If after 30 days you decide OmniGraffle is not for you, there’s also a 30 day money back policy. Note that OmniGraffle 7 requires OS X 10.11 El Capitan or higher which means it also works with OS X 10.12 Sierra.
Overall, OmniGraffle is still our favorite desktop alternative to Visio on Mac. While web apps like SmartDraw and Lucidchart are even easier to use and certainly better value for large enterprises or teams and for those regularly working with clients or colleagues on Windows, if you’re working in a smal Mac only environment, OmniGraffle is a highly accomplished professional vector diagramming software for Mac.
You can watch some OmniGraffle tutorials here and read more about its features on the OmniGraffle website. There’s an extensive free 300 page iBook OmniGraffle manual too although this hasn’t been updated for version 7 yet. You can also watch an overview of OmniGraffle in action below. If you’re impressed by OmniGraffle, we also recommend our OmniPlan for Mac review which is an incredibly effective productivity tool and Project for Mac alternative organizer made by the same developer, Omni Group.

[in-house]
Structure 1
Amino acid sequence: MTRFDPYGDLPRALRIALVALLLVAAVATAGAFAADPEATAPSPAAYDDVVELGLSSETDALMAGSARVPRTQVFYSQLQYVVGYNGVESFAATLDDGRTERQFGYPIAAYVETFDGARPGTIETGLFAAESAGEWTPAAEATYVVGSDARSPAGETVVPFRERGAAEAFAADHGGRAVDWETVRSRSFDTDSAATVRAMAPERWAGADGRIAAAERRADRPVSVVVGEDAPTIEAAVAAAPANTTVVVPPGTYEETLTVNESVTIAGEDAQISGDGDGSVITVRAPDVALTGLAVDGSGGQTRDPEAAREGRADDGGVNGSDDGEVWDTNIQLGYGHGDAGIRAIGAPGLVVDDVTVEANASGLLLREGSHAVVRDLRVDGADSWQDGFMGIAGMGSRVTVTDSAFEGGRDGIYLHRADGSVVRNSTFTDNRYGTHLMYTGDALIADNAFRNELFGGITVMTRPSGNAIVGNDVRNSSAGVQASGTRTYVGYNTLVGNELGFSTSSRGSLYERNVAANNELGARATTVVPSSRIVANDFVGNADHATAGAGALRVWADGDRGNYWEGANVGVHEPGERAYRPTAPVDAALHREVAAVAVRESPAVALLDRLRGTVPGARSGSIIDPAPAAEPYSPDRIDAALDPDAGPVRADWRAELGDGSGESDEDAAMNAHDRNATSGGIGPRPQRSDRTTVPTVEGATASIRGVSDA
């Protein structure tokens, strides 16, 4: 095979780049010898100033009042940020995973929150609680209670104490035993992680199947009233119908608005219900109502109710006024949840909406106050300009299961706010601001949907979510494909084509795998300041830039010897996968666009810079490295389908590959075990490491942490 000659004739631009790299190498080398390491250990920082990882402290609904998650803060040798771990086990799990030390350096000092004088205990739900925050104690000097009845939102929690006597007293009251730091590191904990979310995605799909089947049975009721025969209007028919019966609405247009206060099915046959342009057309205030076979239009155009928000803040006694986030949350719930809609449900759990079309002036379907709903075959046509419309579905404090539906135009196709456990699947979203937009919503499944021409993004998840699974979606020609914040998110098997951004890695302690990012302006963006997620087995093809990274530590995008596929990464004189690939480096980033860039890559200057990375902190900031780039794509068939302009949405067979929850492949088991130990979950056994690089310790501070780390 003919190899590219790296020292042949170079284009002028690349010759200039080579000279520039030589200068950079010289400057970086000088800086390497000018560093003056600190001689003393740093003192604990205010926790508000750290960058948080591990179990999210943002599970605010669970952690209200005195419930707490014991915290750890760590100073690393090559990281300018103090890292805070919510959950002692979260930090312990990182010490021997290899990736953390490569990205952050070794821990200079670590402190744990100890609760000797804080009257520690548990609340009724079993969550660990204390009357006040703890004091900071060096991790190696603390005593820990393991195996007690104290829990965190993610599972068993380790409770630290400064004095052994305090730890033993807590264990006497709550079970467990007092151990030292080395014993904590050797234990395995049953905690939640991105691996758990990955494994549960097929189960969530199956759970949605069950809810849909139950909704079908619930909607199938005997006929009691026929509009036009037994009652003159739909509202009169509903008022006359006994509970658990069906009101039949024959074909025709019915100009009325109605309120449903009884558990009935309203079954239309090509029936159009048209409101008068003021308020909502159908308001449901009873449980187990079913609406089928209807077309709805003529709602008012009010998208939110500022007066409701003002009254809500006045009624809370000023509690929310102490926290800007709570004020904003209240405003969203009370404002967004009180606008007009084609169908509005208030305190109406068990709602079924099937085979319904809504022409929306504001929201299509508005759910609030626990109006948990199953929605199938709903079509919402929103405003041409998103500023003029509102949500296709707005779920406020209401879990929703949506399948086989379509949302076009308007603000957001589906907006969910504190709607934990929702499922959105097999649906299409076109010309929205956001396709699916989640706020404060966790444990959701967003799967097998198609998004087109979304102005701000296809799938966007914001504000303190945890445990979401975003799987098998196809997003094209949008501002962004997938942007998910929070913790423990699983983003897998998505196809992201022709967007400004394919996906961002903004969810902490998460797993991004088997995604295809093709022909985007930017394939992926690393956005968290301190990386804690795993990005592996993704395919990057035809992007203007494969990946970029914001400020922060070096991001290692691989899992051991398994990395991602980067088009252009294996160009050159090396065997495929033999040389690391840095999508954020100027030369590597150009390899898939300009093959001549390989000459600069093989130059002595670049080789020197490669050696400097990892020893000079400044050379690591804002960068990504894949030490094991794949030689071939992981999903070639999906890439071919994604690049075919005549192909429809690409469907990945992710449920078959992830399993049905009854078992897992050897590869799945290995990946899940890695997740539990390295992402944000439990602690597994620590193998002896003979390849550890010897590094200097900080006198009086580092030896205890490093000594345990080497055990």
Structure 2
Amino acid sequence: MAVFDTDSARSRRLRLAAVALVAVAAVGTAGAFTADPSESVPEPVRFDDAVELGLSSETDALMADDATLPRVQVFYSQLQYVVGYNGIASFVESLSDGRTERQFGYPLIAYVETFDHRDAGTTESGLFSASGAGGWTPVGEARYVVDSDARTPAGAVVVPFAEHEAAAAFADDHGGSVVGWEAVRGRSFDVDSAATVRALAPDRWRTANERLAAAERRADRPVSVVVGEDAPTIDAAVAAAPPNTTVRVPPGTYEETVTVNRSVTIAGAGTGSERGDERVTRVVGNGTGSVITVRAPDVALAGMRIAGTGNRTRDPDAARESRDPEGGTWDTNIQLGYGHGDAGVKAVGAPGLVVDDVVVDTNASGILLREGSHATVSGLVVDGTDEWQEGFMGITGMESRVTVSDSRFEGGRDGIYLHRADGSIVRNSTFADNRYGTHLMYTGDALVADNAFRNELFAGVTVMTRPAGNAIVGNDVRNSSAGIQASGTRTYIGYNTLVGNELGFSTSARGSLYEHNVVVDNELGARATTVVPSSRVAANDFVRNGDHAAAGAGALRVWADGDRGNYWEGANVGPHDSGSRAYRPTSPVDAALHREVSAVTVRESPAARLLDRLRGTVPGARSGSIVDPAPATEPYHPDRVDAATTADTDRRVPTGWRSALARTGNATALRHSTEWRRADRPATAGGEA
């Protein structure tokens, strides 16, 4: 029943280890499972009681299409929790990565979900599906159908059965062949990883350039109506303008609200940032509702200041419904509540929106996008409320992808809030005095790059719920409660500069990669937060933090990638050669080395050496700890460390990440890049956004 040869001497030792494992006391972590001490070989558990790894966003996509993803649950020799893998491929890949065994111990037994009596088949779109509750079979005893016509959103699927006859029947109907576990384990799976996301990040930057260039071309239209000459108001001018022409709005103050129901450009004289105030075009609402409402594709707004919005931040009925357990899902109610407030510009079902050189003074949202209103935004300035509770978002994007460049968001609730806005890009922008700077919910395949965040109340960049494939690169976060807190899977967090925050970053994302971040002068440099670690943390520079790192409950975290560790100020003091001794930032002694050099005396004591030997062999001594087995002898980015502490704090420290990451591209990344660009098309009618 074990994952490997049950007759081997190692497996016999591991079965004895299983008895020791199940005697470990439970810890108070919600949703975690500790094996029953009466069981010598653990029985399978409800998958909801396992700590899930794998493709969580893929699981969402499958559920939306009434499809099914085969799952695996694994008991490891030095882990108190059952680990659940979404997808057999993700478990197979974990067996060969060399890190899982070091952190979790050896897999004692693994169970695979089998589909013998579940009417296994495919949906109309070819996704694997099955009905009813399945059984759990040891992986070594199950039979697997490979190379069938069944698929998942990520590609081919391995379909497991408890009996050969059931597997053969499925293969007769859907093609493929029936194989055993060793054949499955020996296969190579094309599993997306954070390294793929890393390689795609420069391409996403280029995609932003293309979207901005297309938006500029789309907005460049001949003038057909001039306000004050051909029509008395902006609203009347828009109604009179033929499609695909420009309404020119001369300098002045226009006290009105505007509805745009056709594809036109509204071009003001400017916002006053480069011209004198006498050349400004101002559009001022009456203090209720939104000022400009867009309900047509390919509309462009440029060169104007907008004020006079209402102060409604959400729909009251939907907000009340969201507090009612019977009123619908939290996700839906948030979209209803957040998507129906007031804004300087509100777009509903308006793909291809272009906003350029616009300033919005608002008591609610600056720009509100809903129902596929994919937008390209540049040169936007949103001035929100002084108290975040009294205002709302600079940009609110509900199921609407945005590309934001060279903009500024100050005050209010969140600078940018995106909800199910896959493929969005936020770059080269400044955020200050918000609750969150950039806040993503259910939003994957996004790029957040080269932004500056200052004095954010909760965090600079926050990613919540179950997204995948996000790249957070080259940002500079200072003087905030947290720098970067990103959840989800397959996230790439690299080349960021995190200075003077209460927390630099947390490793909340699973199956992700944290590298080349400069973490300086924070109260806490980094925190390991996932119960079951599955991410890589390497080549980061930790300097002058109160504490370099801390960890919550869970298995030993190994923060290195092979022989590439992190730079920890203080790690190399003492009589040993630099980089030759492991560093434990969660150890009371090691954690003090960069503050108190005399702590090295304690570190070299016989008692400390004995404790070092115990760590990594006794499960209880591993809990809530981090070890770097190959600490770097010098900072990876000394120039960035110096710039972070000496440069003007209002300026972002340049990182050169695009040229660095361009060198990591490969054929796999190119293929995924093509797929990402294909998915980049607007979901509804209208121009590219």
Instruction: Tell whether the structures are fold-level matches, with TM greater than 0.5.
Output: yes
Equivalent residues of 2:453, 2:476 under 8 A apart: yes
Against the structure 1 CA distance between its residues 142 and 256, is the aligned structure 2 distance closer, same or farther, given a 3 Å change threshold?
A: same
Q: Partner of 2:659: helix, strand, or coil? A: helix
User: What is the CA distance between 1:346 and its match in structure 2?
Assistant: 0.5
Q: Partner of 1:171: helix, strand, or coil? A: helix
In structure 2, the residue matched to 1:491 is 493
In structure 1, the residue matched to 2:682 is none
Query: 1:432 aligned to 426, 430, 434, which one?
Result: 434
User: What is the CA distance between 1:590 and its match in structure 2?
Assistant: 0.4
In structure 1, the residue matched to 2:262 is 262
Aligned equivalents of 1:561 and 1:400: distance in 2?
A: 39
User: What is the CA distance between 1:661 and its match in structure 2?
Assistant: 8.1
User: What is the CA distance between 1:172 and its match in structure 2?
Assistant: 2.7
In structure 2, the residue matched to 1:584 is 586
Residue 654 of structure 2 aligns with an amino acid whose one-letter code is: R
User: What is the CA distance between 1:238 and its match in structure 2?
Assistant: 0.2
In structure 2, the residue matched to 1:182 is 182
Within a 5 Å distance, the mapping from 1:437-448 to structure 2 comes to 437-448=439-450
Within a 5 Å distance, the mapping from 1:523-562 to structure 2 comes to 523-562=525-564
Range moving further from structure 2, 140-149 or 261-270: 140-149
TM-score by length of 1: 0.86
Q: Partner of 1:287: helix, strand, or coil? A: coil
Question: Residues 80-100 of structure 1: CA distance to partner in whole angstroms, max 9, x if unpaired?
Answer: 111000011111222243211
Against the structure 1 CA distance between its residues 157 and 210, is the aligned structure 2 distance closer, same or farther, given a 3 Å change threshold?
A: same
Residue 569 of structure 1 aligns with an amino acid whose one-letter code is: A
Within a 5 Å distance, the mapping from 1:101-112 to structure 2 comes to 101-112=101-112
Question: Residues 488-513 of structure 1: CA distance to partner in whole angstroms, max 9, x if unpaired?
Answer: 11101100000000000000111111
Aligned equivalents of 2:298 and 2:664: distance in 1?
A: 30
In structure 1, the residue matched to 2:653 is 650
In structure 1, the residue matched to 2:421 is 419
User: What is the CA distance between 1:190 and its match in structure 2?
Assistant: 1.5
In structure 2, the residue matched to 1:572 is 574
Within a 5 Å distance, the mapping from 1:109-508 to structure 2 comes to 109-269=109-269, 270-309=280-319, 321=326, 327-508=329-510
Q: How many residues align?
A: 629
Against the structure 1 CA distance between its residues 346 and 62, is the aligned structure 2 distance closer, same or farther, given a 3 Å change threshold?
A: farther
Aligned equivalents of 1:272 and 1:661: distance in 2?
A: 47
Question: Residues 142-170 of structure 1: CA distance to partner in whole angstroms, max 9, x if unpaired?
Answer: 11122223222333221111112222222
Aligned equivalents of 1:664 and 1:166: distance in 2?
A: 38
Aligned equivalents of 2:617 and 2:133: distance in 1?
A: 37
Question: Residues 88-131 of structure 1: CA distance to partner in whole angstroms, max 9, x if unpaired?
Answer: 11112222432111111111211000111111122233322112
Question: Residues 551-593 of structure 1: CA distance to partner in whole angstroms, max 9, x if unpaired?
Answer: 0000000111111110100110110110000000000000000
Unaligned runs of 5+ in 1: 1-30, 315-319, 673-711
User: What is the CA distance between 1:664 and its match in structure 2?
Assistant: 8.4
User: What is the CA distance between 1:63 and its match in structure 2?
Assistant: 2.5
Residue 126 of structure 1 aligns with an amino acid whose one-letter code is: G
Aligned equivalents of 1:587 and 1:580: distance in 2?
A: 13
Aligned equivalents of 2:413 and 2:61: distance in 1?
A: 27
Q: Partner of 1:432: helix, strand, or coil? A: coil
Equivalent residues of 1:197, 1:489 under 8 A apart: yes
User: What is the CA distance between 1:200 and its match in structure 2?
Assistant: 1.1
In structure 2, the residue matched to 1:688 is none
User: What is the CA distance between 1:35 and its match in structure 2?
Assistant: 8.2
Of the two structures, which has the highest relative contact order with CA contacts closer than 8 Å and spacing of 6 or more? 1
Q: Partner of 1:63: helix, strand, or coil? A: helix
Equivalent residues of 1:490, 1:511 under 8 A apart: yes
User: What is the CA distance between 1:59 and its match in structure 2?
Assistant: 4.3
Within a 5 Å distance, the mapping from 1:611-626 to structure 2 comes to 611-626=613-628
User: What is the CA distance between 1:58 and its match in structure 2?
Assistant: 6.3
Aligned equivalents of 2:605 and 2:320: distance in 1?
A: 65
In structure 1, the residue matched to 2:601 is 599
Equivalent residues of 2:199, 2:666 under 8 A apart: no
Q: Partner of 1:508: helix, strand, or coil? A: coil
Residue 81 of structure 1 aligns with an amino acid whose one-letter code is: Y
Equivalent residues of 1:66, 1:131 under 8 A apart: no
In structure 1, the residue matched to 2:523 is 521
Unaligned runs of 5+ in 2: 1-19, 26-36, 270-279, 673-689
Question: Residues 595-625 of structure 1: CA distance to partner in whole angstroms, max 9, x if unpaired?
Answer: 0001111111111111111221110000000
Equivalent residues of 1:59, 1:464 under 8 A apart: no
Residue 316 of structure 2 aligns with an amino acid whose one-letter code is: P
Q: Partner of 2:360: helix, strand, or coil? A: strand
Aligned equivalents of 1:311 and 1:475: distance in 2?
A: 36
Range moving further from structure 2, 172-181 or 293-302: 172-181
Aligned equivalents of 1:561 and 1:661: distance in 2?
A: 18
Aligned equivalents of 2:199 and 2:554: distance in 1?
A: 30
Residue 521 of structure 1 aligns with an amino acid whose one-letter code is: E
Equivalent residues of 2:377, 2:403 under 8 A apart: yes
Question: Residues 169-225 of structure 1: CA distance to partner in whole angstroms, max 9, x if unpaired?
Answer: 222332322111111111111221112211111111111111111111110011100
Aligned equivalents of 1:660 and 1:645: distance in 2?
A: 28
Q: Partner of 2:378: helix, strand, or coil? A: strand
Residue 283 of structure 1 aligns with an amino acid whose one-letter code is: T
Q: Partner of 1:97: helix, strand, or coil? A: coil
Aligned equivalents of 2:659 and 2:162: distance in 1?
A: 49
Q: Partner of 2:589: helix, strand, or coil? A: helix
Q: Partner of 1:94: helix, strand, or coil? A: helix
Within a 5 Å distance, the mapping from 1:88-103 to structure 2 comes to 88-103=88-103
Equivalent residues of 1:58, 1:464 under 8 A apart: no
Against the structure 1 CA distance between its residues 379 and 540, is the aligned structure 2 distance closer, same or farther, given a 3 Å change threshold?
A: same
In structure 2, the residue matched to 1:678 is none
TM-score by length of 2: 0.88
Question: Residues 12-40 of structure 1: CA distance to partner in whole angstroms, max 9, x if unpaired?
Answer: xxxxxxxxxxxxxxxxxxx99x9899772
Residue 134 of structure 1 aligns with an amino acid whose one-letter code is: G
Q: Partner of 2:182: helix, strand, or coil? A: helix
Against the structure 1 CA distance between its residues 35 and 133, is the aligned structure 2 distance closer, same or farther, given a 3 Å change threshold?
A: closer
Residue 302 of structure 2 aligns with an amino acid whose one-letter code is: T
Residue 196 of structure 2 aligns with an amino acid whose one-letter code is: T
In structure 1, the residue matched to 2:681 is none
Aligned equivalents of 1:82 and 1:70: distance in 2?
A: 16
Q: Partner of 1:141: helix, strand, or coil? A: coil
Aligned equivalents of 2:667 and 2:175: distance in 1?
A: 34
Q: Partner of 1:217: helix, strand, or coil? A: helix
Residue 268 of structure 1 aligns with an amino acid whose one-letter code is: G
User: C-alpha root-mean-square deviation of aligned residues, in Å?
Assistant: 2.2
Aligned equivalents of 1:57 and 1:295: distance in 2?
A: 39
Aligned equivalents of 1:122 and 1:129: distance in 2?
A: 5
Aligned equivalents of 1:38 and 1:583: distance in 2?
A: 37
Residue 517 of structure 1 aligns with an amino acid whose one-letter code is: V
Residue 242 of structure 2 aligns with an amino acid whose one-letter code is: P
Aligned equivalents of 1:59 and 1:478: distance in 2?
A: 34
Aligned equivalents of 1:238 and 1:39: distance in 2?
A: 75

Native desktop Mac app – designed specifically for OS X
Easier to use than ConceptDraw
Imports and Exports all types of Visio files
One-off payment – no subscription model
Not as precise as Visio
Can be unstable sometimes
Requires upgrading to Pro to import and export Visio files and stencils
No free updates
App Store version can’t be upgraded
iOS version costs extra
ConceptDraw Pro is the only professional cross platform desktop alternative to Visio on Mac that works on both OS X and Windows. If you work regularly on both Mac and PC, ConceptDraw could be a more suitable solution than OmniGraffle if you want a desktop instead of an online Visio for Mac alternative. One license costs $199 but entitles you to install one version of ConceptDraw Pro on both a Mac and PC so that you can switch between the two whenever you want.
ConceptDraw Pro can import Visio VSD files (Visio 2007-2010 format) and Microsoft’s newer open XML file format VSDX used in Visio 2013 and above. It can also import Visio Stencils in VSSX format. To import Visio files or stencils into ConceptDraw Pro for Mac, you simply go to File > Import and then select the Visio format you want to import.
While VSDX files and VSSX stencils files can be imported instantly this way, note that importing VSD files is a bit more cumbersome. You have to email VSD files to email@example.com which automatically converts VSD files to VDX format using the ConceptDraw Visio File Conversion Tool. The automated tool takes anything up to 15 minutes to convert and resend you the converted VDX file to your email address. You can also send batches of zipped files for conversion and files are returned using the original file compression that you sent them in. This is a rather awkward way to convert VSD files but since VSD files are increasingly less common because of the newer VSDX format, it shouldn’t be a major drawback for most users.